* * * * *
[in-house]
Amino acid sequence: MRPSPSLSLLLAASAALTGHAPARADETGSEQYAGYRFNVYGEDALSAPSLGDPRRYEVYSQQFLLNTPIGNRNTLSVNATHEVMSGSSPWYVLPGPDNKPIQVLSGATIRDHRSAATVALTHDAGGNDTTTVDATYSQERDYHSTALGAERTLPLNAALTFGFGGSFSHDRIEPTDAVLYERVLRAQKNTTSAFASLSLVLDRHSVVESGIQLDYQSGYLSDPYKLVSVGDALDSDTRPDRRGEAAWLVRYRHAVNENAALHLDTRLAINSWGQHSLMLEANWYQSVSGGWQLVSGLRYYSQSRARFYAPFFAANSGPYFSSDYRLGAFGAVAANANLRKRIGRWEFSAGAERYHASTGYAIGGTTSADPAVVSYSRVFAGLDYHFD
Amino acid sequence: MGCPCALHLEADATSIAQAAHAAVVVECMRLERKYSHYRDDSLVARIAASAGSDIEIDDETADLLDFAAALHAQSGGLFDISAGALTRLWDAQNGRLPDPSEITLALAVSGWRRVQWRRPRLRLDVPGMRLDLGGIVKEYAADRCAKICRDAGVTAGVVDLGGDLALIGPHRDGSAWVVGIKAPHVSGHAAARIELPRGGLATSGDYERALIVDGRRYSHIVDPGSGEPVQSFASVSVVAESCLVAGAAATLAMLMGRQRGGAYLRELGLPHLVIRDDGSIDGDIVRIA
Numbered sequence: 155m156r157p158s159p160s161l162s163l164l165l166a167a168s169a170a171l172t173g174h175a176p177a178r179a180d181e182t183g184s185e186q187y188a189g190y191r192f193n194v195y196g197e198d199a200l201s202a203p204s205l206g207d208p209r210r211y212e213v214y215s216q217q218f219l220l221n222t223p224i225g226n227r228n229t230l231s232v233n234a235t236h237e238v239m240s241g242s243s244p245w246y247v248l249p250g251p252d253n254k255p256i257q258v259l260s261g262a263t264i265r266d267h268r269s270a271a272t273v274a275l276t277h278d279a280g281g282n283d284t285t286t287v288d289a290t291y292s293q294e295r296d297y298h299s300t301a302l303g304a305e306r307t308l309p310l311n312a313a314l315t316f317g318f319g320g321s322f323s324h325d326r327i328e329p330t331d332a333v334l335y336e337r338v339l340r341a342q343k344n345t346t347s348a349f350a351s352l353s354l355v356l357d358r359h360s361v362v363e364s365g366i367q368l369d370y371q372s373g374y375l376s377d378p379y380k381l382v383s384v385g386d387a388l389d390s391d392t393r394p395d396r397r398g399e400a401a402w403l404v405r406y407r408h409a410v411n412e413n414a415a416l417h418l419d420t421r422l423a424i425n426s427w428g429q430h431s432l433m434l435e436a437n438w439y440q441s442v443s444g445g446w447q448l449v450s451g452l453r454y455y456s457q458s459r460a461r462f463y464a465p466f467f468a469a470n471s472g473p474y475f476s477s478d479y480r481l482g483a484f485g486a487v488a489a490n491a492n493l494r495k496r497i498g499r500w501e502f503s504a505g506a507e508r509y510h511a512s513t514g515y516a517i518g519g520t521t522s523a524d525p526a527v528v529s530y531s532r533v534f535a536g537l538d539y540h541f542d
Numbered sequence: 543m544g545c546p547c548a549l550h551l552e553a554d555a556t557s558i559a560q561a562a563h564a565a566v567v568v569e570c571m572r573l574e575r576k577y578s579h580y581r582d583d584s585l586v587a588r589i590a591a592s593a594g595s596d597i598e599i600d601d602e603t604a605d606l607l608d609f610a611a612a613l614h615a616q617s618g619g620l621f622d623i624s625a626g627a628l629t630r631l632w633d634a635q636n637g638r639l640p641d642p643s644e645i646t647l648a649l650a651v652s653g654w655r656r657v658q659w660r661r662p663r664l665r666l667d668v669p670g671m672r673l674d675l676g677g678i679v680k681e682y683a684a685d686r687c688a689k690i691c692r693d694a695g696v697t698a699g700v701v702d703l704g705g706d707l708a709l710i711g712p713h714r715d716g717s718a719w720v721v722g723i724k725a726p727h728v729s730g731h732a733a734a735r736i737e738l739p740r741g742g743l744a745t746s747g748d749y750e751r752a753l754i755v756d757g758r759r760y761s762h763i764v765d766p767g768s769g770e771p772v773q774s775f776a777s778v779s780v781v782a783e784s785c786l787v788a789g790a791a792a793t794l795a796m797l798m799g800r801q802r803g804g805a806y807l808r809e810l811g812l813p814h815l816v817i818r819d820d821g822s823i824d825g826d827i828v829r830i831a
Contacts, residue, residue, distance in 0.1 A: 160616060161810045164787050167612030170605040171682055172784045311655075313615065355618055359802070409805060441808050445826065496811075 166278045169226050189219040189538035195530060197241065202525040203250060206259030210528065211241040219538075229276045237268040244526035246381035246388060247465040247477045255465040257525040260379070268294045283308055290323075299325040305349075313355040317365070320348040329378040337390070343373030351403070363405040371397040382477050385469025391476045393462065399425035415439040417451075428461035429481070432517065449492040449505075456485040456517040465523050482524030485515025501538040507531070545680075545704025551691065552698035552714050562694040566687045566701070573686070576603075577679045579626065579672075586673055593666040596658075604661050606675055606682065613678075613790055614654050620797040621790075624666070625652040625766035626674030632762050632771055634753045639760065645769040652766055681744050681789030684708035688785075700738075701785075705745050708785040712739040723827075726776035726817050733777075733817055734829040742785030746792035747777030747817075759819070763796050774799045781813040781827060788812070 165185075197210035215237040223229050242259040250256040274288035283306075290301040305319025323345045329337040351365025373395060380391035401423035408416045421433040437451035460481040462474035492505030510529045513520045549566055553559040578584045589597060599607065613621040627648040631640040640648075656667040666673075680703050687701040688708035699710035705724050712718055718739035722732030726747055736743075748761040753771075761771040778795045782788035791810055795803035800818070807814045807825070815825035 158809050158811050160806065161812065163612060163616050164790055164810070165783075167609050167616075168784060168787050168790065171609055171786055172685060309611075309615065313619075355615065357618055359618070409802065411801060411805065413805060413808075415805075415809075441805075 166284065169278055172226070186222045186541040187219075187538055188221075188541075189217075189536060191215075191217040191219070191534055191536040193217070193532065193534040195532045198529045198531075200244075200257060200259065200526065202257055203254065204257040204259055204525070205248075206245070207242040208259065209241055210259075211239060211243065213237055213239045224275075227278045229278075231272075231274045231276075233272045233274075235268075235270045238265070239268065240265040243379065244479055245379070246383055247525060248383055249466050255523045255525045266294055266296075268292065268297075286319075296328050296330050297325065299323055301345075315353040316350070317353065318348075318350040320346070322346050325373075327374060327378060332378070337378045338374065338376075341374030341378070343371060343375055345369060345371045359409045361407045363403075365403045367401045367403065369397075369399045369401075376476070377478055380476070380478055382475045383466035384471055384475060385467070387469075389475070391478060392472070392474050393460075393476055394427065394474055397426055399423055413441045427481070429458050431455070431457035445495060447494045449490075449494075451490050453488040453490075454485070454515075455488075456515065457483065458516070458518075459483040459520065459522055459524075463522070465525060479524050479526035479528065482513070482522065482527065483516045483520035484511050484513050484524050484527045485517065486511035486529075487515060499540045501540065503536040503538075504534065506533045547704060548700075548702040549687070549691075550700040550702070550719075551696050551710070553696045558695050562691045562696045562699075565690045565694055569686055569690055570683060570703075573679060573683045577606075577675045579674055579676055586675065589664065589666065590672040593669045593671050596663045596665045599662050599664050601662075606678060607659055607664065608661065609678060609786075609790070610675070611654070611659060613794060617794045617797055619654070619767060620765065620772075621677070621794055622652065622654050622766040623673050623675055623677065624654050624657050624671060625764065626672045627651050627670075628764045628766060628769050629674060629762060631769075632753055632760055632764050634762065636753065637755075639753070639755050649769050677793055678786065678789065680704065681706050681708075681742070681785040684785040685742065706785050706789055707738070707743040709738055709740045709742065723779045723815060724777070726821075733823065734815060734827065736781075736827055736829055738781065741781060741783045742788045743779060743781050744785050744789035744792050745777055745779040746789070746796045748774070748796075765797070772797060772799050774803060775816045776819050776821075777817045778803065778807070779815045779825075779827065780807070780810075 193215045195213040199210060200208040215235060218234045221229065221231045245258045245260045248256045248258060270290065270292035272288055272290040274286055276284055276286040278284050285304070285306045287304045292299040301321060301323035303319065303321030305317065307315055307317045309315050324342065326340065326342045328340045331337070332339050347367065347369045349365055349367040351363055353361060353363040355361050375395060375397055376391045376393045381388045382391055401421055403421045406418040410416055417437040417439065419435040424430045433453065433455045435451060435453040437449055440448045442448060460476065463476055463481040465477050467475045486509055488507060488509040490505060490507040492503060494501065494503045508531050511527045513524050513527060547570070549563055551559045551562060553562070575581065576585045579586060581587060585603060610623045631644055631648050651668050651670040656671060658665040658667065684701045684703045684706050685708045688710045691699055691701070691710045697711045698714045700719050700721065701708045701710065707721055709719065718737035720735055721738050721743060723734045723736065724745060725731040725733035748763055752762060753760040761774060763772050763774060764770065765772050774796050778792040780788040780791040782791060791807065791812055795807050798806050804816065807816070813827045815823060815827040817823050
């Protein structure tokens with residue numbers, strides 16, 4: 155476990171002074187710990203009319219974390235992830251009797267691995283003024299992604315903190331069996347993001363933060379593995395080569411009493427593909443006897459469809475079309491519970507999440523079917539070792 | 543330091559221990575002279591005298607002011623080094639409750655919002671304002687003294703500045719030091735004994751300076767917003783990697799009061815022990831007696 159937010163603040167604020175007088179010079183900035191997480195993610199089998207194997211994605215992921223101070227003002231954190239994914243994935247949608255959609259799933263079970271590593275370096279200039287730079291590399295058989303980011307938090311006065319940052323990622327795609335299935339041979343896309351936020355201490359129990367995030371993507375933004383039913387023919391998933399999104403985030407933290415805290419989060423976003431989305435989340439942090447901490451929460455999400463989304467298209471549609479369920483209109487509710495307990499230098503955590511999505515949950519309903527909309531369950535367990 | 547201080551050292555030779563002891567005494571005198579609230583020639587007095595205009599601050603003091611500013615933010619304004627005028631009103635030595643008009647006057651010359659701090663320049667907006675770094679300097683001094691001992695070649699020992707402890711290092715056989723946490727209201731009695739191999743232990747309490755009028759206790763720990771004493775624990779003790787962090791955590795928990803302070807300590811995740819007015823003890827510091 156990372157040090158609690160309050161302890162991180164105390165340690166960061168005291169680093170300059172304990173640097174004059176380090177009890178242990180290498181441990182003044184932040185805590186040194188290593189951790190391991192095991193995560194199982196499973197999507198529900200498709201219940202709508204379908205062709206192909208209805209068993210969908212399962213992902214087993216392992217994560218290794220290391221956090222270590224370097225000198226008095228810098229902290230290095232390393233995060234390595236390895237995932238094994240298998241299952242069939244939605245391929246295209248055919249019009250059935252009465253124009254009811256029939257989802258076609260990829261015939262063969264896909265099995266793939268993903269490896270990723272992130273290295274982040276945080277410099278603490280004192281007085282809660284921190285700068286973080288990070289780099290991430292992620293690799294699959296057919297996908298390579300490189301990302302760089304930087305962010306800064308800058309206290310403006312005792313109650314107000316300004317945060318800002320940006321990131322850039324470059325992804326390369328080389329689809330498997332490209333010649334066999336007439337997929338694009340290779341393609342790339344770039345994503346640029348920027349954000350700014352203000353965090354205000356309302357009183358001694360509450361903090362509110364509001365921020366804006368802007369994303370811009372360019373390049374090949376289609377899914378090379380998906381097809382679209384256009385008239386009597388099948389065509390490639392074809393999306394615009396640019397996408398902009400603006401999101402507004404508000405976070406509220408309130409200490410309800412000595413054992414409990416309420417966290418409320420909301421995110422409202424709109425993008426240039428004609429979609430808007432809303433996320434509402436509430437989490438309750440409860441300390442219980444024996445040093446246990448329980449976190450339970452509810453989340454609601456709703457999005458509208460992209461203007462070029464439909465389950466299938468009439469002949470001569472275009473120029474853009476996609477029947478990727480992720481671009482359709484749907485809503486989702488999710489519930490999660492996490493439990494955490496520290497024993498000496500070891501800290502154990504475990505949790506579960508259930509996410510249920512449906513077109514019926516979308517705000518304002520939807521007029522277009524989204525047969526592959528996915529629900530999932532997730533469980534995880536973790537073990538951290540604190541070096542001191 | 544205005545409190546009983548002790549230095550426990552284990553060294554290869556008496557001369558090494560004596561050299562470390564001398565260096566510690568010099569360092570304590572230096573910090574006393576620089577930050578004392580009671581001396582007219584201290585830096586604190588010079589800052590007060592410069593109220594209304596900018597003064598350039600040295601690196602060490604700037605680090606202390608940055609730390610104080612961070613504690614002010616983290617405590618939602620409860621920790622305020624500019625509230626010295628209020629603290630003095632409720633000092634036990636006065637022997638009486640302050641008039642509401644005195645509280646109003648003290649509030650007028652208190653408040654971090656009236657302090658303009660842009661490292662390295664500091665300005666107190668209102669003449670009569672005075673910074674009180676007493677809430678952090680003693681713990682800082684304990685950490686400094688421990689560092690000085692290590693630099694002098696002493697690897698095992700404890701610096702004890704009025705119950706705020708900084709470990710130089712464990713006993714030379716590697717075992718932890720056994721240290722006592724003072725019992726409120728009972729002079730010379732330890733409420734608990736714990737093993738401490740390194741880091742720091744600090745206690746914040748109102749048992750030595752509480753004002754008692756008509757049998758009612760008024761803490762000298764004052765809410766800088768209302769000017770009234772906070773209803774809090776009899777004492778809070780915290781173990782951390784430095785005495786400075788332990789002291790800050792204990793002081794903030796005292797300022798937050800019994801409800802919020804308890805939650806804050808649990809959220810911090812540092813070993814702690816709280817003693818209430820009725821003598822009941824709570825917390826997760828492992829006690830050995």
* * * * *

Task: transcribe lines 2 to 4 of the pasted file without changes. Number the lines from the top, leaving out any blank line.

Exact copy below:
Amino acid sequence: MRPSPSLSLLLAASAALTGHAPARADETGSEQYAGYRFNVYGEDALSAPSLGDPRRYEVYSQQFLLNTPIGNRNTLSVNATHEVMSGSSPWYVLPGPDNKPIQVLSGATIRDHRSAATVALTHDAGGNDTTTVDATYSQERDYHSTALGAERTLPLNAALTFGFGGSFSHDRIEPTDAVLYERVLRAQKNTTSAFASLSLVLDRHSVVESGIQLDYQSGYLSDPYKLVSVGDALDSDTRPDRRGEAAWLVRYRHAVNENAALHLDTRLAINSWGQHSLMLEANWYQSVSGGWQLVSGLRYYSQSRARFYAPFFAANSGPYFSSDYRLGAFGAVAANANLRKRIGRWEFSAGAERYHASTGYAIGGTTSADPAVVSYSRVFAGLDYHFD
Amino acid sequence: MGCPCALHLEADATSIAQAAHAAVVVECMRLERKYSHYRDDSLVARIAASAGSDIEIDDETADLLDFAAALHAQSGGLFDISAGALTRLWDAQNGRLPDPSEITLALAVSGWRRVQWRRPRLRLDVPGMRLDLGGIVKEYAADRCAKICRDAGVTAGVVDLGGDLALIGPHRDGSAWVVGIKAPHVSGHAAARIELPRGGLATSGDYERALIVDGRRYSHIVDPGSGEPVQSFASVSVVAESCLVAGAAATLAMLMGRQRGGAYLRELGLPHLVIRDDGSIDGDIVRIA
Numbered sequence: 155m156r157p158s159p160s161l162s163l164l165l166a167a168s169a170a171l172t173g174h175a176p177a178r179a180d181e182t183g184s185e186q187y188a189g190y191r192f193n194v195y196g197e198d199a200l201s202a203p204s205l206g207d208p209r210r211y212e213v214y215s216q217q218f219l220l221n222t223p224i225g226n227r228n229t230l231s232v233n234a235t236h237e238v239m240s241g242s243s244p245w246y247v248l249p250g251p252d253n254k255p256i257q258v259l260s261g262a263t264i265r266d267h268r269s270a271a272t273v274a275l276t277h278d279a280g281g282n283d284t285t286t287v288d289a290t291y292s293q294e295r296d297y298h299s300t301a302l303g304a305e306r307t308l309p310l311n312a313a314l315t316f317g318f319g320g321s322f323s324h325d326r327i328e329p330t331d332a333v334l335y336e337r338v339l340r341a342q343k344n345t346t347s348a349f350a351s352l353s354l355v356l357d358r359h360s361v362v363e364s365g366i367q368l369d370y371q372s373g374y375l376s377d378p379y380k381l382v383s384v385g386d387a388l389d390s391d392t393r394p395d396r397r398g399e400a401a402w403l404v405r406y407r408h409a410v411n412e413n414a415a416l417h418l419d420t421r422l423a424i425n426s427w428g429q430h431s432l433m434l435e436a437n438w439y440q441s442v443s444g445g446w447q448l449v450s451g452l453r454y455y456s457q458s459r460a461r462f463y464a465p466f467f468a469a470n471s472g473p474y475f476s477s478d479y480r481l482g483a484f485g486a487v488a489a490n491a492n493l494r495k496r497i498g499r500w501e502f503s504a505g506a507e508r509y510h511a512s513t514g515y516a517i518g519g520t521t522s523a524d525p526a527v528v529s530y531s532r533v534f535a536g537l538d539y540h541f542d